An international team of astrophysicists including Romain Allart, Trottier Postdoctoral Fellow at the iREx at the Université de Montréal, has discovered that the exoplanets of a star in the constellation Pisces orbit in perpendicular planes. This configuration is radically different from our Solar System, where all planets orbit close to the same plane, and could be due to the influence of a distant companion of the star that remains undiscovered.
A study published in 2019 showed a surprising fact: two of the three planets are not aligned with the star, that is, their orbits, or trajectories, are not in the plane perpendicular to the star’s axis of rotation (the star’s equatorial plane). HD3167c and HD3167d, two mini-Neptunes that circle the star in 8.5 and 29.8 days respectively, pass over the poles of the star, at nearly 90 degrees from its equatorial plane.
Theories on the origin of planetary systems predict that planets form in this plane and continue their evolution there, unless specific events disturb them. The Solar System has not undergone such events, and our planets are thus roughly aligned with the Sun.
A new study, published in the October 27, 2021 issue of the journal Astronomy & Astrophysics and led by astronomers at the University of Geneva, where Romain Allart, now an iREx Trottier postdoctoral researcher, did his undergraduate studies, presents an even more surprising result. When re-observing the system with more powerful instruments, the authors managed to measure the orientation of the orbital plane of the third planet, the super-Earth HD3167b. This planet, whose mass is estimated to be about 5 times that of the Earth, is closer to the star than the other two: it circles it in only 23 hours.
When a planet transits in front of its star, the orientation of its orbit can be determined with a spectrograph, which allows scientists to measure the movement of the stellar regions occulted by the planet and thus deduce the planet’s trajectory. The smaller the planet, the more difficult it is to detect its motion. Thanks to the ESPRESSO instrument, installed on one of the four 8.2m telescopes of the Very Large Telescope (VLT) of the European Southern Observatory in Chile, the researchers were able to determine the orbit of HD3167b. Remarkably, this planet appears to be aligned with the star and thus perpendicular to the orbital plane of its two siblings.
“We needed a maximum amount of light and a very precise spectrograph to be able to measure the signal of such a small planet,” says Vincent Bourrier, the researcher from the University of Geneva who led the study. “Two conditions that are met by ESPRESSO, combined with the collecting power of the VLT.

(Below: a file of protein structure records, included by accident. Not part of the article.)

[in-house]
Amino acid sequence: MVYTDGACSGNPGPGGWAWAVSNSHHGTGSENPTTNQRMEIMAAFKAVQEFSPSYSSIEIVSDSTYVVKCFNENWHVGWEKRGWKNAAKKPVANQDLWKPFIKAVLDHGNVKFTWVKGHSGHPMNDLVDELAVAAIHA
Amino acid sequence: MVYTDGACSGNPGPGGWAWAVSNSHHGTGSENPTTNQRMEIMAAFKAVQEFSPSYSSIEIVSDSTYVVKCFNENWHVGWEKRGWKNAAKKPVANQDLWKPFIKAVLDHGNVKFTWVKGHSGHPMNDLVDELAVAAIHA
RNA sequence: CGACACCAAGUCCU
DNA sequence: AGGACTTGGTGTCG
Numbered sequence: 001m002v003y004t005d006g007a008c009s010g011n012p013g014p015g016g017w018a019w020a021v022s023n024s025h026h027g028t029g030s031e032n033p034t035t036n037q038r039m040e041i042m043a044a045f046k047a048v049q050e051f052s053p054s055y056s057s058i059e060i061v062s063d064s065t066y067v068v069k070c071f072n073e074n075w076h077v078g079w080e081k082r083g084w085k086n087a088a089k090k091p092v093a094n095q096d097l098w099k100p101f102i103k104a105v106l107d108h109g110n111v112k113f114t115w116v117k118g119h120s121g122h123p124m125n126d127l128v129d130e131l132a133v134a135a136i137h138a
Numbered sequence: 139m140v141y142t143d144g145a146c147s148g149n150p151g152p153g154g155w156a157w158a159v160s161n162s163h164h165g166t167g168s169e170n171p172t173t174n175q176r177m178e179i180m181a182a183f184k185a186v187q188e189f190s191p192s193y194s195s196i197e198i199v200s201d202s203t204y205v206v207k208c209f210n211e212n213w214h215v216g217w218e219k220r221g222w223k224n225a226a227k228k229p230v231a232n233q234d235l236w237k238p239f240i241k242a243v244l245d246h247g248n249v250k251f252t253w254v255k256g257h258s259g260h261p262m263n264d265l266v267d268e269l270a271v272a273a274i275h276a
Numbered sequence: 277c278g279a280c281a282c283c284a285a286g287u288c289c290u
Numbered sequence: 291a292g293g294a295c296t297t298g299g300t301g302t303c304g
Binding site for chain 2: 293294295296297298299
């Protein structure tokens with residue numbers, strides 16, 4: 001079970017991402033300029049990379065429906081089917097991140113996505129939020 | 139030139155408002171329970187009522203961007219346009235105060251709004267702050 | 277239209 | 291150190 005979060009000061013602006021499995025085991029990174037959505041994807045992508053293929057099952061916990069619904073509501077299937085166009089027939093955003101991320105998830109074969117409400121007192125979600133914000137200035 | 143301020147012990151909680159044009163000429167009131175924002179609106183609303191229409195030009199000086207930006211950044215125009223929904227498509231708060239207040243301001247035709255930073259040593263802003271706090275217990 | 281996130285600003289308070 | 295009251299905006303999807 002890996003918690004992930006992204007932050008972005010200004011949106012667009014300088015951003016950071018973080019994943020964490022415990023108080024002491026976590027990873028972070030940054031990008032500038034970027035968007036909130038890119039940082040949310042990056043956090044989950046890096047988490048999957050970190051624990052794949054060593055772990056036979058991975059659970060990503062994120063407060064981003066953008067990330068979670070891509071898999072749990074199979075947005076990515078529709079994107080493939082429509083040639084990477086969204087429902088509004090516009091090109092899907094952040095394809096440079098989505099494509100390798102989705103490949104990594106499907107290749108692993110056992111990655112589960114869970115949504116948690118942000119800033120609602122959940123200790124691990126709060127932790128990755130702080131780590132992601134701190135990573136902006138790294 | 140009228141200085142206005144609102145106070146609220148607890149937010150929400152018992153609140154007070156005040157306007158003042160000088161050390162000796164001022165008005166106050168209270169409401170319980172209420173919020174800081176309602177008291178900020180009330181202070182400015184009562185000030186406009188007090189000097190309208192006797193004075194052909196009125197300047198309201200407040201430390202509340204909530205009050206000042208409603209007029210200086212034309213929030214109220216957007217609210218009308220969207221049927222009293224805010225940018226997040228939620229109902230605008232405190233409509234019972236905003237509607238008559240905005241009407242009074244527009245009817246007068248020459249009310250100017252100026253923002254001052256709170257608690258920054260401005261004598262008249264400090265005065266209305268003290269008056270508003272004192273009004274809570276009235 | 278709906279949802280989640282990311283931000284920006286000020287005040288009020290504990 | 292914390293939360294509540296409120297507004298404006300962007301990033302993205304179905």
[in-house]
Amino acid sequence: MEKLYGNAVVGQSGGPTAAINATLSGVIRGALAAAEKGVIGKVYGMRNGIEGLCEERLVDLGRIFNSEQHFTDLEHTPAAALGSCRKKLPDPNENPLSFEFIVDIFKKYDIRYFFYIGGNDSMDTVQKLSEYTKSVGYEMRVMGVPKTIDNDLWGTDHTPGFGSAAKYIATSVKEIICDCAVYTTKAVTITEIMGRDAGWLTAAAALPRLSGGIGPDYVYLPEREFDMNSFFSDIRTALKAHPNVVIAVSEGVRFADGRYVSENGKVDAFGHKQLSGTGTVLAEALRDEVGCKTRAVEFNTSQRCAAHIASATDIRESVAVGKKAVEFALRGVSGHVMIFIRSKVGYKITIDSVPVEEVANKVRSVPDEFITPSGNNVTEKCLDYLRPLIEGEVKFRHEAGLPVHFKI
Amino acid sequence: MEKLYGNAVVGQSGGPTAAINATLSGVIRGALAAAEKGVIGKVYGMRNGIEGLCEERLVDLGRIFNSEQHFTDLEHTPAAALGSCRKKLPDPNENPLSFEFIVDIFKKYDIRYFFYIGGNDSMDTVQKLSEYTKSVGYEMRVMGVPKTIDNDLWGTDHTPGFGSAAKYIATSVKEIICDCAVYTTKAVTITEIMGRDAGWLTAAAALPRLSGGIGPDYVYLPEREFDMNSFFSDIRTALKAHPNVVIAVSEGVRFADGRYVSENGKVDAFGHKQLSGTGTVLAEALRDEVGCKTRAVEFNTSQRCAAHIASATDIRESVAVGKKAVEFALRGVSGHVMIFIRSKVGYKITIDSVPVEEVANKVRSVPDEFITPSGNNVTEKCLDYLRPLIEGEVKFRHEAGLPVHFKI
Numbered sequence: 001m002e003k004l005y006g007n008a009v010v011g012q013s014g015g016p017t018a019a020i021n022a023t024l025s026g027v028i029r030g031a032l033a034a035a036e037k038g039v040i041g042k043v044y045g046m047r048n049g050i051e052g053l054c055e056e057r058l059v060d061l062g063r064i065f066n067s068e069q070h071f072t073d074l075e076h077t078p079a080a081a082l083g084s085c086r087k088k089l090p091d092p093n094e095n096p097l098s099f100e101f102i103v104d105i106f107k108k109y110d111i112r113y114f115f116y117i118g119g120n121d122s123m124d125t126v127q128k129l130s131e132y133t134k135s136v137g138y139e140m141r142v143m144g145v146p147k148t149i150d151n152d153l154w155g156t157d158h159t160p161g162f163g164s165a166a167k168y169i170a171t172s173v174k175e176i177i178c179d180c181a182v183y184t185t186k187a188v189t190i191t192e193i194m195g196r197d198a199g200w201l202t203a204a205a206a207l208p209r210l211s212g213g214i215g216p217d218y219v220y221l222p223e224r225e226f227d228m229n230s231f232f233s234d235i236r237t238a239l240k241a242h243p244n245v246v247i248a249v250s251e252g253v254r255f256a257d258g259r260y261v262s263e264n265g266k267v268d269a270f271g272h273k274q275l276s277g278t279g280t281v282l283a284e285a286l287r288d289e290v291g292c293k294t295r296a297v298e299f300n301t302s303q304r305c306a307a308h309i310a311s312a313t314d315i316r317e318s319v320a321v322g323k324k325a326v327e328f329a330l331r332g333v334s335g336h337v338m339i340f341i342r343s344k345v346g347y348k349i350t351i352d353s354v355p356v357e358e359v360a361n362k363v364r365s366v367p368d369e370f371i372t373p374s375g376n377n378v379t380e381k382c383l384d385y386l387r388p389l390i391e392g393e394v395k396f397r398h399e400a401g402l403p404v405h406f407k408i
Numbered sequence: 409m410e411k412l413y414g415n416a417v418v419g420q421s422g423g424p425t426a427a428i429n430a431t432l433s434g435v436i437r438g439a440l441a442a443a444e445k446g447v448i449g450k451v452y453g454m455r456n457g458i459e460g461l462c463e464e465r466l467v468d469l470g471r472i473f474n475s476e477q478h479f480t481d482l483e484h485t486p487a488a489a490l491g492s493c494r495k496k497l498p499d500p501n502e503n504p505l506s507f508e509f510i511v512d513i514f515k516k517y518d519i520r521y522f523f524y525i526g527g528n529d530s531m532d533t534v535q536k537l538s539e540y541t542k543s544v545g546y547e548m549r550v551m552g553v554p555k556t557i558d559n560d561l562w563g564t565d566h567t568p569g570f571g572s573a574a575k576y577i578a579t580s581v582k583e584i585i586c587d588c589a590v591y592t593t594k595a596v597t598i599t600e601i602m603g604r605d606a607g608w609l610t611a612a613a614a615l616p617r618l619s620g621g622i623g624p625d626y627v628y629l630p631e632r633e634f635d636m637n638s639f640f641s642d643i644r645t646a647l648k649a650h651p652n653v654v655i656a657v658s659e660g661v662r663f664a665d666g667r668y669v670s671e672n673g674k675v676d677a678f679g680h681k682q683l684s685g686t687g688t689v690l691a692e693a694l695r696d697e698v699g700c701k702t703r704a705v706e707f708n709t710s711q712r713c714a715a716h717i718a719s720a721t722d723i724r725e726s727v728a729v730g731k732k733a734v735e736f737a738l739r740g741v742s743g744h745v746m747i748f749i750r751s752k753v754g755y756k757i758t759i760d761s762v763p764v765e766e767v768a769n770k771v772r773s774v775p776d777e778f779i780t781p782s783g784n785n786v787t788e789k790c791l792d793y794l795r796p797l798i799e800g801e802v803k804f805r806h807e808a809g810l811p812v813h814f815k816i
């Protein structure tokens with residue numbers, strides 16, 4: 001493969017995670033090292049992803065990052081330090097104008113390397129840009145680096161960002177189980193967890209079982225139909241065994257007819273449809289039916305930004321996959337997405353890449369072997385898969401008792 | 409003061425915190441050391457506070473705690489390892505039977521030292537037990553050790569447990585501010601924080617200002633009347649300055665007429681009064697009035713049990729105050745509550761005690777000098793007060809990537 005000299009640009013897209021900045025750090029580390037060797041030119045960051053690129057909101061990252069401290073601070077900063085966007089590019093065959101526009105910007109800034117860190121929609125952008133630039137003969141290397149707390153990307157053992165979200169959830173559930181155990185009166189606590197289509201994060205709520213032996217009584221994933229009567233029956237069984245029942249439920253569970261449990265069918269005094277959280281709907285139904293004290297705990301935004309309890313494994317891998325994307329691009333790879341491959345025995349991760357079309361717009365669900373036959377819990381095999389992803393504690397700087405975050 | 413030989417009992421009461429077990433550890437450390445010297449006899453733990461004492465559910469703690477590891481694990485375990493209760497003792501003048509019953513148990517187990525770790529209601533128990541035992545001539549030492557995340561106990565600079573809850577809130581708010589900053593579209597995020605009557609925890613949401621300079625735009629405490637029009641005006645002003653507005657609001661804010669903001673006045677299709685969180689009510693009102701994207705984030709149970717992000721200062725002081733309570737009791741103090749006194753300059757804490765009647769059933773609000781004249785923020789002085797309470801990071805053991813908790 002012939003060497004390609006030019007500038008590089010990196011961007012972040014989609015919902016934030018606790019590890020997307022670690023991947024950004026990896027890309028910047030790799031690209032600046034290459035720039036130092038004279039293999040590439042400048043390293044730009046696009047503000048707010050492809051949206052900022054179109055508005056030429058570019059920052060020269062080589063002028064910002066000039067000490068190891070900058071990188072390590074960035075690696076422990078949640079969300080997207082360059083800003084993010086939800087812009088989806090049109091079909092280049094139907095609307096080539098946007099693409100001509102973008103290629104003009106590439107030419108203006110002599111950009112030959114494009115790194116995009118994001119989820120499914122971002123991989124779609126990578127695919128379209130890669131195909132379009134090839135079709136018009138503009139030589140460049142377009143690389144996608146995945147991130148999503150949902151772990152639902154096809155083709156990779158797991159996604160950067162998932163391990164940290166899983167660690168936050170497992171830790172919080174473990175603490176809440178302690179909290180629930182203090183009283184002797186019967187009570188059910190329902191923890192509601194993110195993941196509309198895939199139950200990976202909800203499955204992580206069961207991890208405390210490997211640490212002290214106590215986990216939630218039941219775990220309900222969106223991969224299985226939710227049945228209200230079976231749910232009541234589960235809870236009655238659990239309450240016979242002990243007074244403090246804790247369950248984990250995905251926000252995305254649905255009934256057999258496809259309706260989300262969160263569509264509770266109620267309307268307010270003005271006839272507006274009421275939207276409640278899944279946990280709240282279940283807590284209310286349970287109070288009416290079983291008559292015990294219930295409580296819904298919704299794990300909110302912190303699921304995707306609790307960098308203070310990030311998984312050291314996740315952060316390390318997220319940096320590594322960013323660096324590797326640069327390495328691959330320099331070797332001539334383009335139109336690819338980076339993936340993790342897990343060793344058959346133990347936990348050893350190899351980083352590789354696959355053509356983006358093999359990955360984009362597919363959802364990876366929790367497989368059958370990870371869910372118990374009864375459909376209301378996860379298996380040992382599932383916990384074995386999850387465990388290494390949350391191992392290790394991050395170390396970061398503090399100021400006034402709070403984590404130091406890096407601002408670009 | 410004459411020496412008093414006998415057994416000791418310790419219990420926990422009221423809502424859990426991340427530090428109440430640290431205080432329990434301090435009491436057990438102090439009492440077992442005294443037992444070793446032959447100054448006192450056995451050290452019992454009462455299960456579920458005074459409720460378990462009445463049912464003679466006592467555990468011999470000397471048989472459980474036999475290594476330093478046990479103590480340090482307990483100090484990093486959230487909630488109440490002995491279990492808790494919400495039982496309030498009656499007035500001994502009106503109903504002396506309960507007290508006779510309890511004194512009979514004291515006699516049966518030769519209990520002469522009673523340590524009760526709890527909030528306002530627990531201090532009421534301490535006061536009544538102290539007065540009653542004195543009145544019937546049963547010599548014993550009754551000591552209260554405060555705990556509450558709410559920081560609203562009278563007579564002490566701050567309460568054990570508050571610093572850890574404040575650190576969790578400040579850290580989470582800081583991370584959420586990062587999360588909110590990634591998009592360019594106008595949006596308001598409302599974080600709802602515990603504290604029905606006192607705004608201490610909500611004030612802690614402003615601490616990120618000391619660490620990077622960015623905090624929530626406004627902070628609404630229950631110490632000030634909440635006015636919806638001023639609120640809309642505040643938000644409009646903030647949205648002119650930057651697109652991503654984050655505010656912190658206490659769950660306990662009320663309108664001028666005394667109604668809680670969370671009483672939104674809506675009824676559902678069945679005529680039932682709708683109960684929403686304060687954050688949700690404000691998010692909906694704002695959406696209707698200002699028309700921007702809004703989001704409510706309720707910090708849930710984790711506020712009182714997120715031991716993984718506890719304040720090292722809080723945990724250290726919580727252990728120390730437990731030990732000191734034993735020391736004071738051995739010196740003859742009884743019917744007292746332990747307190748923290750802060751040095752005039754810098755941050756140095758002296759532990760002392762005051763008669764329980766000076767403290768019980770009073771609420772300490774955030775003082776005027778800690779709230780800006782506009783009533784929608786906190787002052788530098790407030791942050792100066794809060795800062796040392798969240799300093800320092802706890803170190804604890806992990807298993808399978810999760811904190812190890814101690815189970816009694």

This result could not have been obtained without a precise knowledge of the moment when HD3167b passes in front of its star: the time was only known with a precision of 20 minutes – an eternity for a transit that lasts 97 minutes. The researchers therefore turned to the CHEOPS satellite consortium, whose main mission just so happens to be to measure transits with very high precision.
“CHEOPS allowed us to know the time of the transit to within one minute. This is a good illustration of the synergy that can exist between different instruments, in this case CHEOPS and ESPRESSO, and the teams that operate them,” concludes Christophe Lovis, also a researcher at the University of Geneva and a member of both consortia.
These new measurements seem to confirm the prediction made in 2019 about the presence of a fourth body that could be orbiting HD3167. This body could be a giant planet or a brown dwarf gravitationally bound to the system. In this scenario, the two mini-Neptunes, which are farther away than the super-Earth, would have been influenced by this fourth body, which would have caused the misalignment of their orbits.
“Tidal effects could have allowed the smaller planet to remain aligned with the star, given its proximity to it,” explains Romain Allart, who still has several collaborators at the University of Geneva.
The researchers’ mission is therefore now clear; they must set out on a search for this elusive companion.
“The Rossiter-McLaughlin Effect Revolutions: an ultra-short period planet and a warm mini-Neptune on perpendicular orbits,” by Vincent Bourrier et al., was published October 27th, 2021 in Astronomy & Astrophysics. In addition to Vincent Bourrier and Romain Allart, the team includes 35 other scientists from Switzerland, Italy, Spain, Portugal and Germany.
Department of Astronomy, University of Geneva
+41 22 379 24 49 Vincent.Bourrier@unige.ch
EPO Coordinator, Institute for Research on Exoplanets
Université de Montréal, Montréal, Canada
Trottier Postdoctoral Researcher, Institute for Research on Exoplanets
Université de Montréal, Montréal, Canada